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Coffee Continues to be Weighed Down

COFFEE

Coffee’s fourth quarter downdraft has left prices closer to last year’s low of 132.60 than they are to last month’s high of 216.25. Coffee continues to be weighed down by the rapid build-up of European near-term supply. For the week, March coffee finished with a loss of 13.00 cents (down 7.7%) which was a seventh negative weekly result over the past 8 weeks. While a rebound in the Brazilian currency provided coffee prices with early carryover support, continued concern with the global demand outlook continued to pressure the coffee market late this week. ICE exchange coffee stocks (most of which are held at Euro zone warehouses) rose by 13,720 bags on Friday, and are close to climbing back above the 500,000 bag level for the first time since September. More importantly, there are more than 565,000 bags still waiting to be graded at the port of Antwerp. While not all of that coffee will pass the grading process, ICE exchange coffee stocks will climb to much higher levels over the next few weeks which will indicate lukewarm European out-of-home consumption levels. The buildup of ICE exchange coffee stocks has overshadowed what it still a generally bullish global production outlook.

coffee beans close up

COCOA

For the week, however, March cocoa finished with a loss of 62 points (down 2.5%) which broke a 2-week winning streak. Ivory Coast port arrivals remain well behind last season’s pace following a strike at the port of San Pedro, and that continues to provide support to cocoa prices. Many West African cocoa trees did not receive adequate fertilizer and pesticides due to high costs, and that is likely to a negative impact on this season’s main crop production. A strong finish to the week for European equity markets provided carryover support to cocoa as that helped to soothe near-term demand concerns in that region. Recent inflation readings for the Euro zone and the UK remain close to 40-year highs, however, and that will dampen purchases of discretionary items such as chocolate. Ivory Coast’s CCC and Ghana’s Cocobod are threating to prevent major corporations from going to cocoa plantations to gauge the current harvest, and could also suspend their sustainability programs. If they follow through on those threats, it could result in near-term supply bottlenecks during the fourth quarter.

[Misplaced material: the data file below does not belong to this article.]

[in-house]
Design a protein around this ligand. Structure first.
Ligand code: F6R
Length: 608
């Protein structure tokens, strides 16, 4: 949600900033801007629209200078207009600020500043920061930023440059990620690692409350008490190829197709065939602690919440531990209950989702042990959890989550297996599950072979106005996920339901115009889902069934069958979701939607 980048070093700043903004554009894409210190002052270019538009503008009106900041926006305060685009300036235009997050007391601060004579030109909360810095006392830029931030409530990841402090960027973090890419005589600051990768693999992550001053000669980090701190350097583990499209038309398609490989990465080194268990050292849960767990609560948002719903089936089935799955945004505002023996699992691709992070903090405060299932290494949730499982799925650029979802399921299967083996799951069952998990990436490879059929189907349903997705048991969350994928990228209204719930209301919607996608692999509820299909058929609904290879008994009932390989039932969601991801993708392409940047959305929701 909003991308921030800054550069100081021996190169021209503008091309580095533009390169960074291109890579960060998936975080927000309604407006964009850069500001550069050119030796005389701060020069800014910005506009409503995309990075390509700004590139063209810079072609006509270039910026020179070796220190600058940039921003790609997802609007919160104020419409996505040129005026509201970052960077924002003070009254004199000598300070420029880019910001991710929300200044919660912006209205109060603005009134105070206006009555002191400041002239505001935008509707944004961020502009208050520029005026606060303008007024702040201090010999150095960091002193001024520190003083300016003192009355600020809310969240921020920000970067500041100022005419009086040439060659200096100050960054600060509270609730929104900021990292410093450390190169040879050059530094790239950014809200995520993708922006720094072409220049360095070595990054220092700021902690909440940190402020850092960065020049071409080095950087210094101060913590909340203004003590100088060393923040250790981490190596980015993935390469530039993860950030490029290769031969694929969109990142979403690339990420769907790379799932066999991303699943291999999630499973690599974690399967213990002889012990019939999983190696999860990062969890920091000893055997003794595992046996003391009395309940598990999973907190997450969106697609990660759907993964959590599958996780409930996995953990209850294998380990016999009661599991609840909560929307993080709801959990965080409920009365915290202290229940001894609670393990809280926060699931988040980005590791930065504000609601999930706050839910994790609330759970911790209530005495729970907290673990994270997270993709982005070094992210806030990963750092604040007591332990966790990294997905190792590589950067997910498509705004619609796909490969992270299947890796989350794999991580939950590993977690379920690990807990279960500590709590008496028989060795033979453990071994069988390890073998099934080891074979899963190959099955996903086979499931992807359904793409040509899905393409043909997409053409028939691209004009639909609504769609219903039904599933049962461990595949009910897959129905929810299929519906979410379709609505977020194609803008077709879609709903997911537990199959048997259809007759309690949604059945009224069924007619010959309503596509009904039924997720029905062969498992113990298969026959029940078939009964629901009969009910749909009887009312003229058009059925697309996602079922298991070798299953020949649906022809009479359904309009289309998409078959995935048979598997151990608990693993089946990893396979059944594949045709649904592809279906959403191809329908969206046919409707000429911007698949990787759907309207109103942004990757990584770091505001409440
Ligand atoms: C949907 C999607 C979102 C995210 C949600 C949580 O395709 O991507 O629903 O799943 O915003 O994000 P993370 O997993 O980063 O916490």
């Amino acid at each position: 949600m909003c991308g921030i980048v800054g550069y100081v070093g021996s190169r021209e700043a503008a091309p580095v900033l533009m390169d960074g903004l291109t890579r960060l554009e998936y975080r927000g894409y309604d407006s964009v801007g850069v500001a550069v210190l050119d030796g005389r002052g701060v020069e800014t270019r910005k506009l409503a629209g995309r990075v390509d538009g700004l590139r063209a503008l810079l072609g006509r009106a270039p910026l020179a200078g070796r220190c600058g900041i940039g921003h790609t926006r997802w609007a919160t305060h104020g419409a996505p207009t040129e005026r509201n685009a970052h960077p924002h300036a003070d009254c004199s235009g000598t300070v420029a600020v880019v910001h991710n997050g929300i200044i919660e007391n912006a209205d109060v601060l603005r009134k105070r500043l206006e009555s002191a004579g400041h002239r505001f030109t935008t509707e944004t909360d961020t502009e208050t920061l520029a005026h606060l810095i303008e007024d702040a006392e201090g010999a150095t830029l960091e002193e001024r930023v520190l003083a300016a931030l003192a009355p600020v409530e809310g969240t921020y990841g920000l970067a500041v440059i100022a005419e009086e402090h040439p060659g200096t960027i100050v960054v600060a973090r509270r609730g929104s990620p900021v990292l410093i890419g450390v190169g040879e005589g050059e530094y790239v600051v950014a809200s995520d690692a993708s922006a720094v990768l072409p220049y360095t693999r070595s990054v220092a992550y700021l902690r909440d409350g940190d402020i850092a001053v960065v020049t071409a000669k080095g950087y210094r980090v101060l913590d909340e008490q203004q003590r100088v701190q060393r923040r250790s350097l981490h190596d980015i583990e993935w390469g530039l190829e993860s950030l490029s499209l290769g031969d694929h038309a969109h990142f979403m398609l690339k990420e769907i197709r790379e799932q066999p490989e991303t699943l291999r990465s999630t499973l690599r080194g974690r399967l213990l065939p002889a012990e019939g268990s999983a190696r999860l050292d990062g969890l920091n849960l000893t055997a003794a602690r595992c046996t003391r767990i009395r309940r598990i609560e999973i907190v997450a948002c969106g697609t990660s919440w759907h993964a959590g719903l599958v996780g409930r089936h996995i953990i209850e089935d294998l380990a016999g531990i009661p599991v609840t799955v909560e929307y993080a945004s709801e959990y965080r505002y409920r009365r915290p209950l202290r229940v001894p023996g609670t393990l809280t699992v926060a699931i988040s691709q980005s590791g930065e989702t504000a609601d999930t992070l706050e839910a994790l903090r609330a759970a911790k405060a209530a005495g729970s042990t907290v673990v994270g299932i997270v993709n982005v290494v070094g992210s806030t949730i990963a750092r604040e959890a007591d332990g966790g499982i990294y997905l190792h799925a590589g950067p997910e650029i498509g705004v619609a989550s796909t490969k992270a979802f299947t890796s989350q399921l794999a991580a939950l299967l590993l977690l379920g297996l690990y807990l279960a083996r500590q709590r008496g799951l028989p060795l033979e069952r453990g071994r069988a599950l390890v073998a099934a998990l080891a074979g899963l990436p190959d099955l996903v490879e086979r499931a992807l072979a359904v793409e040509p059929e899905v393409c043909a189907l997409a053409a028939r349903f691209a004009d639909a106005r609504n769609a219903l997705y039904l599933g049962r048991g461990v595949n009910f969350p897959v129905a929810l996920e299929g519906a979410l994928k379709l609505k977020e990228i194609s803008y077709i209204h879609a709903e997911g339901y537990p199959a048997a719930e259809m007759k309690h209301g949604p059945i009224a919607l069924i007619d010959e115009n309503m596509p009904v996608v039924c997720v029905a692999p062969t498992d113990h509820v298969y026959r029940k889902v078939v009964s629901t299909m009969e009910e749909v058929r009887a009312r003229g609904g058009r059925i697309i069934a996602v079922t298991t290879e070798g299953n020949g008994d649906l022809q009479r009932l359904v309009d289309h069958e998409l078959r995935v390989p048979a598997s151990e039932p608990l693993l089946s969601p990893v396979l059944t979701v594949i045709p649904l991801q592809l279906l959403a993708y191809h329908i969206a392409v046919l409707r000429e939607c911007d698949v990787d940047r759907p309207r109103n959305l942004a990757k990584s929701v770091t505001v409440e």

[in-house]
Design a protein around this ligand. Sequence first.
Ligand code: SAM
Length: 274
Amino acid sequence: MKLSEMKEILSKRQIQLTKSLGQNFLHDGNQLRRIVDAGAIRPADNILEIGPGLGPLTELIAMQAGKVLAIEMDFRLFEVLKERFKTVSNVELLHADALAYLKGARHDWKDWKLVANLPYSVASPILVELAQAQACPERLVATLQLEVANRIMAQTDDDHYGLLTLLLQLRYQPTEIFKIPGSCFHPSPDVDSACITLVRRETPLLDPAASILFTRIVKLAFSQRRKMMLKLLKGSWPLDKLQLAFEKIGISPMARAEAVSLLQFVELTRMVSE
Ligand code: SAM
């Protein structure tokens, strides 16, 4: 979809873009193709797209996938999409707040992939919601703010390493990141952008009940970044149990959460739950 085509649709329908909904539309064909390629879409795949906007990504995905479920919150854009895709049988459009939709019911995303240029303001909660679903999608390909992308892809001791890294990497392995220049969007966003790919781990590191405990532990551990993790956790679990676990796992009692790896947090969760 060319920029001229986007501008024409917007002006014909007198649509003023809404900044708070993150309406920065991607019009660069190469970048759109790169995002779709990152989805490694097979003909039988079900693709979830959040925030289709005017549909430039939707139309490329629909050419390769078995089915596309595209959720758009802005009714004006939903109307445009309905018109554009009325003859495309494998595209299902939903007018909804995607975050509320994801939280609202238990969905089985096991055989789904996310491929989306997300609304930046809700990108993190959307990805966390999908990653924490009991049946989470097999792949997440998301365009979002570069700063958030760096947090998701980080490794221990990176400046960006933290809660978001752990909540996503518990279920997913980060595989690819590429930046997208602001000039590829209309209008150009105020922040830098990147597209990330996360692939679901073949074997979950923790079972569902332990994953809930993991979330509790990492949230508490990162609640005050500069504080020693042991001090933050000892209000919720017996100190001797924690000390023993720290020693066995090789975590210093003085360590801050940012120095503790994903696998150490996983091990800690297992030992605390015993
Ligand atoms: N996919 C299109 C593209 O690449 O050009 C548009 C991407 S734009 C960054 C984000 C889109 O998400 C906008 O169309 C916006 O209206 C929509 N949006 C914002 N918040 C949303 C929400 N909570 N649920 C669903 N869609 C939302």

COTTON

December cotton closed lower on Friday after probing below the low end of its two-week trading range and the selling pushed the market down to the lowest level since November 4th. The dollar closed higher, which is negative to cotton, but it failed to break out on the top end of its recent consolidation zone. It looks like China is far from being clear of its Covid restrictions, and this has traders concerns about demand going forward. In addition, traders are concerned that while consumer retail sales have been a positive influence on the economy, apparel sales do not look good, and traders are believing that consumers will back away from nonessentials for the holiday season and for early 2023. The US export sales on Thursday were disappointing, with only 31,155 bales (old and new crop combined), the lowest since July.

SUGAR

Sugar prices rose more than 16% in the space of three weeks, as a bottleneck in India created a short-term supply problem for the global market. The global supply fundamentals remain bearish, and this should reemerge as a negative force on prices. For the week, March sugar finished with a gain of 41 points (up 2.1%) for a third positive weekly result in a row. The Brazilian currency regained more than 1% in value which provided carryover support to the sugar market. Soaring domestic prices have compelled Indian mills to renegotiate sales contracts while other mills were defaulting on contracts with overseas buyers. As much as 400,000 tonnes are thought to impacted, which underpinned sugar prices late last week. India’s exports are expected to reach 9 million tonnes this season, which would be down from 11.2 million last year but their second largest on record. Brazil has shifted some of its cane crushing activity from ethanol production to sugar. The latest Unica report showed that the share of crushing for sugar production was 48.5% during the second half of October, up from 37% for the same period last year. The full-season share has moved ahead of last year’s pace, and that has sparked upward revisions in 2022/23 Center-South sugar production estimates.

 

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